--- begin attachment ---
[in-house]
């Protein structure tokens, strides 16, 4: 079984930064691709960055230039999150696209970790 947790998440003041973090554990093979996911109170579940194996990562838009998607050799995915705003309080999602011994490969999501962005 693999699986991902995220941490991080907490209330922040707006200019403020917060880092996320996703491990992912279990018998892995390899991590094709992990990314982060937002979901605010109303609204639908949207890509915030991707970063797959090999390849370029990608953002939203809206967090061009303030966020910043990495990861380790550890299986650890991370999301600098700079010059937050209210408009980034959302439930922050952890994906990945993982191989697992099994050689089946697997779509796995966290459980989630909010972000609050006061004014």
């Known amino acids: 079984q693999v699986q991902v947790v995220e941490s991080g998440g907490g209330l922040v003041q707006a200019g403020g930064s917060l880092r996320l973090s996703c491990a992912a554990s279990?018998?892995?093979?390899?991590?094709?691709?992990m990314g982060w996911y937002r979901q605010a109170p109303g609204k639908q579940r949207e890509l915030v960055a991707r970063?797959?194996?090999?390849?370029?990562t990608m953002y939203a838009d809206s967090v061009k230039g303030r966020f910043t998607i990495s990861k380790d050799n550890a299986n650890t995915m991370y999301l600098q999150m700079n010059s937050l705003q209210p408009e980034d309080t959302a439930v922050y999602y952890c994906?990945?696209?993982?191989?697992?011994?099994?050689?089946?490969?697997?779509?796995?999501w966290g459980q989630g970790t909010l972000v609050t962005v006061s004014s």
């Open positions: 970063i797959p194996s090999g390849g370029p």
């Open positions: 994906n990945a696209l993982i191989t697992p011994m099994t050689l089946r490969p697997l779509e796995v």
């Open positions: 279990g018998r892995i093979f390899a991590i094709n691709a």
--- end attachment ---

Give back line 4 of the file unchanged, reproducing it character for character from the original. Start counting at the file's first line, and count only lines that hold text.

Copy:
């Open positions: 970063i797959p194996s090999g390849g370029p």